6. ^ As of 2003, around 10,000 of the 12,780 villages in Indian Punjab had separate gurdwaras for Dalit Sikhs.[31]


  1. ^ a b c d Yong, Tan Tai (2005). The Garrison State: The Military, Government and Society in Colonial Punjab, 1849–1947. SAGE. p. 73. ISBN 978-8-13210-347-9. 
  2. ^ McLeod, W. H. (2009). The A to Z of Sikhism. Scarecrow Press. p. 171. ISBN 978-0-81086-344-6. 
  3. ^ Cole, W. Owen (2004). Understanding Sikhism. Dunedin Academic Press. p. 153 – via Questia. (Subscription required (help)). 
  4. ^ Fenech, Louis E.; Singh, Pashaura, eds. (2014). The Oxford Handbook of Sikh Studies. Oxford University Press. p. 356. ISBN 978-0-19100-412-4. 
  5. ^ Galanter, Marc (1984). Competing Equalities: Law and the Backward Classes in India. University of California Press. p. 307 – via Questia. (Subscription required (help)). 
  6. ^ "12 Vakmiki-Mazhabi Sikh Morcha Members Injured in Police Action". Hindustan Times. 31 July 2014 – via Questia. (Subscription required (help)). 
  7. ^ a b "Despite Akali Stand, RSS Set to Bring Back 30 Mazhabi Christians Back to Sikh Fold". Hindustan Times. 3 December 2014 – via Questia. (Subscription required (help)). 
  8. ^ a b c "SC-14 Scheduled Caste Population By Religious Community (States/UTs) – Punjab" (XLS). The Registrar General & Census Commissioner, India. Retrieved 2016-06-17. 
  9. ^ Singh, Birinder Pal (20–26 December 2008). "Ex-Criminal Tribes of Punjab". Economic and Political Weekly. 43 (51): 58–65. JSTOR 40278313. (Subscription required (help)). 
  10. ^ Cohen, Stephen (2013). "The Untouchable Soldier". In Karsten, Peter. Recruiting, Drafting, and Enlisting: Two Sides of the Raising of Military Forces. Routledge. p. 161. ISBN 978-1-13566-150-2. 
  11. ^ a b Cohen, Stephen (2013). "The Untouchable Soldier". In Karsten, Peter. Recruiting, Drafting, and Enlisting: Two Sides of the Raising of Military Forces. Routledge. p. 162. ISBN 978-1-13566-150-2.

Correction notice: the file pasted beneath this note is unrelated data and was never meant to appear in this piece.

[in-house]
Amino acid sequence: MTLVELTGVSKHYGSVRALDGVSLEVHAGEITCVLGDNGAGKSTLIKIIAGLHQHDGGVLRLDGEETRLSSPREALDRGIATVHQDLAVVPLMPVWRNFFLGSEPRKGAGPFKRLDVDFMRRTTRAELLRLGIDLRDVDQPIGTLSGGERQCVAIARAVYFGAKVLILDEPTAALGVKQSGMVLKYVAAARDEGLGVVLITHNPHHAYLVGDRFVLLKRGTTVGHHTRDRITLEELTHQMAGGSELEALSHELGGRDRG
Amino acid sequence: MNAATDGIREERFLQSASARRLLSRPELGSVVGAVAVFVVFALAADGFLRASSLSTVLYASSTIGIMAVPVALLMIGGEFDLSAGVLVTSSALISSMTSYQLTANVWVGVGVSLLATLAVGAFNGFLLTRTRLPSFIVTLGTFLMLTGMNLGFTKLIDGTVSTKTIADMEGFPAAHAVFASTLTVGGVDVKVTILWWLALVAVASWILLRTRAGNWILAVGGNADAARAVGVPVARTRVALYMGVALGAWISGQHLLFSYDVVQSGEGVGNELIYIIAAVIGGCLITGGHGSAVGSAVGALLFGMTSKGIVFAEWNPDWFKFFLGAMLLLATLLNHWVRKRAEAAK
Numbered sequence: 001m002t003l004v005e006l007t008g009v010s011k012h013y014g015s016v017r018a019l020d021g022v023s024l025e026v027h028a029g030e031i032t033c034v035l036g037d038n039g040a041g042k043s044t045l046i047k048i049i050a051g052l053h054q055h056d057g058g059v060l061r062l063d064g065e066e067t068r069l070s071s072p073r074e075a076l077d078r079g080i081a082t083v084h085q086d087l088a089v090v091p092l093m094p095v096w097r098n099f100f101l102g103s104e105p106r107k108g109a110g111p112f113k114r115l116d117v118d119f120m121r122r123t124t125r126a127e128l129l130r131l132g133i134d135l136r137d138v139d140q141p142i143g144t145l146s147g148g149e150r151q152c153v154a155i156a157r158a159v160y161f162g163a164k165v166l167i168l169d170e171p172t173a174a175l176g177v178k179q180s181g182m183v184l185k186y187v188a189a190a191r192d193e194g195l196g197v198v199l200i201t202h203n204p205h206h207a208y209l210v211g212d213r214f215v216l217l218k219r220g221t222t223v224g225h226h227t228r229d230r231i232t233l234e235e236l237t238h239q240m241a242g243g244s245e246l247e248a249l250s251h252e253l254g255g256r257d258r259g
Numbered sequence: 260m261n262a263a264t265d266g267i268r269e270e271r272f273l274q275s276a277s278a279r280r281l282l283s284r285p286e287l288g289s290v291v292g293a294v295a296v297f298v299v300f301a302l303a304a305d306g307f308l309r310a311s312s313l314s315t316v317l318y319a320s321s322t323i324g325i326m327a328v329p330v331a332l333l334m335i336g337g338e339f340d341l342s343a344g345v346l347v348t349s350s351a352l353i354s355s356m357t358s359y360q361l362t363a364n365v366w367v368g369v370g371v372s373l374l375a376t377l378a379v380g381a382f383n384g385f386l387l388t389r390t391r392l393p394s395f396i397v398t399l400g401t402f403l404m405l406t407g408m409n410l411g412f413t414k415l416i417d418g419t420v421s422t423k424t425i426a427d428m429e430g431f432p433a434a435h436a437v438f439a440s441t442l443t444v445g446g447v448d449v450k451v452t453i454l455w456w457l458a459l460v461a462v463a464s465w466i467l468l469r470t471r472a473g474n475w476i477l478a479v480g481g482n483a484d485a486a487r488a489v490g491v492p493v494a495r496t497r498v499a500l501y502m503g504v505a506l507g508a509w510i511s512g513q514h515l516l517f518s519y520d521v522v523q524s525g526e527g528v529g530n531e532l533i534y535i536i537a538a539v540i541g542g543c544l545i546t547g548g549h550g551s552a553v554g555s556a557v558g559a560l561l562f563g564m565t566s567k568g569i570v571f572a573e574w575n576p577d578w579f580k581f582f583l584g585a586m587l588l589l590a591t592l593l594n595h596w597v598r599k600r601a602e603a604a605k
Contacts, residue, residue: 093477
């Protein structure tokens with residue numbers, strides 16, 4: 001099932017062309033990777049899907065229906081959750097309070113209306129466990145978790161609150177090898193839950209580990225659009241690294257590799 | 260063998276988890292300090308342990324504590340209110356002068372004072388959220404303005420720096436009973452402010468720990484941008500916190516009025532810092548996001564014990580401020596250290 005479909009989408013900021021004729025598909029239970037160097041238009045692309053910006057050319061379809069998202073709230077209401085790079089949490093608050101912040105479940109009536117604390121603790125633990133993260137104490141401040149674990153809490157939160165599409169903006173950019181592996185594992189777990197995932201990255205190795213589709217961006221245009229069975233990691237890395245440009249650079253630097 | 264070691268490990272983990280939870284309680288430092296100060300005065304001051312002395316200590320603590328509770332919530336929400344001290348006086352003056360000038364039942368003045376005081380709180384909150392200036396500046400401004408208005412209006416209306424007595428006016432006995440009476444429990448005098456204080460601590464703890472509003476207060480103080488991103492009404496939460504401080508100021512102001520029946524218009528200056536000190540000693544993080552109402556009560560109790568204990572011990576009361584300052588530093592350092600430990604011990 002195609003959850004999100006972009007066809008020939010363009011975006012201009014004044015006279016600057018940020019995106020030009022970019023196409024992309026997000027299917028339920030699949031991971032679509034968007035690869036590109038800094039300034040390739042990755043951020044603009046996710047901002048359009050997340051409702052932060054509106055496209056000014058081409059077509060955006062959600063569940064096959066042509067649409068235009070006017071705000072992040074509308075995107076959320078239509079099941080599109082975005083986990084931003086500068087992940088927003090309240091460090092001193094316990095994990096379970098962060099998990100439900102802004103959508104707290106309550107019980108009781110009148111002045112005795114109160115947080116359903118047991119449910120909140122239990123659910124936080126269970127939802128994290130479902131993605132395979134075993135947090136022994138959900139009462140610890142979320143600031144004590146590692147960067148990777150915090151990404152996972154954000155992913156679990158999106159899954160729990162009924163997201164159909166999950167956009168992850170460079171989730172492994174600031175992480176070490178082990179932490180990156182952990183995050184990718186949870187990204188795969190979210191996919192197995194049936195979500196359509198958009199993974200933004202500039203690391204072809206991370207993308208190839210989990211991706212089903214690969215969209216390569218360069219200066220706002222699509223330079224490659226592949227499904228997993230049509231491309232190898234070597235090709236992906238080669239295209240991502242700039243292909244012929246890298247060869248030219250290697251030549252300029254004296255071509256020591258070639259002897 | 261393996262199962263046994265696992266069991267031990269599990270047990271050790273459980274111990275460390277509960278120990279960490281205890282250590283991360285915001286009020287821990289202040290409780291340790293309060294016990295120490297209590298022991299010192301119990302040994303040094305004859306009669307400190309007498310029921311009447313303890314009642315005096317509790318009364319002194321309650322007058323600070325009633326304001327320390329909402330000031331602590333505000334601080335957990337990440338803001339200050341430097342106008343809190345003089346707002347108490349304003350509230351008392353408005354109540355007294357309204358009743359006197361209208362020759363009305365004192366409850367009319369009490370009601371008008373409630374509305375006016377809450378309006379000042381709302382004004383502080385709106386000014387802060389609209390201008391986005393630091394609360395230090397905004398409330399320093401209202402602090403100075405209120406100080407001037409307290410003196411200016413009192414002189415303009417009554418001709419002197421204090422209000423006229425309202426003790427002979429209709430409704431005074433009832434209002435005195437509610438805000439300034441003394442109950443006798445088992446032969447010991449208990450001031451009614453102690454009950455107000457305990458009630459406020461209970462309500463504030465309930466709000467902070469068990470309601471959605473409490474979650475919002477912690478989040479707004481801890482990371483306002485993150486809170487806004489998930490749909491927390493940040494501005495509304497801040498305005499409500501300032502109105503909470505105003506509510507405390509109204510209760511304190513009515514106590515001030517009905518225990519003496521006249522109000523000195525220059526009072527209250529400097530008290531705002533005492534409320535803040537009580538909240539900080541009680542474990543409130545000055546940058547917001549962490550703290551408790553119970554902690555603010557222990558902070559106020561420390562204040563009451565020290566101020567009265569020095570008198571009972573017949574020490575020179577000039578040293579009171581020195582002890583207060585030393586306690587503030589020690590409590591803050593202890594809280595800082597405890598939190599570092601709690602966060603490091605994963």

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  18. ^ a b Wilkinson, Steven I. (2015). Army and Nation: The Military and Indian Democracy Since Independence. Harvard University Press. p. 11. ISBN 978-0-67472-880-6. 
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  21. ^ Marston, Daniel (2003). Phoenix from the Ashes: The Indian Army in the Burma Campaign. Greenwood Publishing Group. pp. 218–220, 236. ISBN 978-0-27598-003-0. 
  22. ^ Roy, Kaushik (2015). "Indian Society and the Soldier". In Pant, Harsh V. Handbook of Indian Defence Policy: Themes, Structures and Doctrines. Routledge. pp. 66–67. ISBN 978-1-31738-009-2. 
  23. ^ "Story of The Sikh Light Infantry". The Sikh Review. Archived from the original on 2002-05-31. 
  24. ^ Ahuja, Amit (2013). "India". In Hassner, Ron E. Religion in the Military Worldwide. Cambridge University Press. p. 171. ISBN 978-1-10751-255-9. 
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  28. ^ United Nations High Commissioner for Refugees. "Punjab Human Rights Update". UNHCR. Retrieved 2016-06-17. 
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  32. ^ Fazal, Tanweer (2014). "Nation-state" and Minority Rights in India: Comparative Perspectives on Muslim and Sikh Identities (Revised ed.). Routledge. p. 147. ISBN 978-1-31775-179-3. 
  33. ^ Jalal, Ayesha (2002). Self and Sovereignty: Individual and Community in South Asian Islam Since 1850. Routledge. p. 436. ISBN 978-1-13459-938-7. 
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  35. ^ Talbot, Ian A. (1991). "Politics and Religion in Contemporary India". In Moyser, George. Politics and Religion in the Modern World. Routledge. p. 139 – via Questia. (Subscription required (help)). 
  36. ^ a b Crenshaw, Martha, ed. (1995). "Terrorism in India: Identity, Culture, and Territorial Claims". Terrorism in context. Penn State Press. p. 377. ISBN 978-0-271-01015-1. 
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  40. ^ "Christians Protest, Lambast Ghar Wapsi Agenda of RSS". Hindustan Times. 4 January 2015 – via Questia. (Subscription required (help)). 
  41. ^ Kaur, Ravinder (3–9 June 2006). "The Last Journey: Exploring Social Class in the 1947 Partition Migration". Economic and Political Weekly. 41 (22): 2221–2228. JSTOR 4418295. (Subscription required (help)).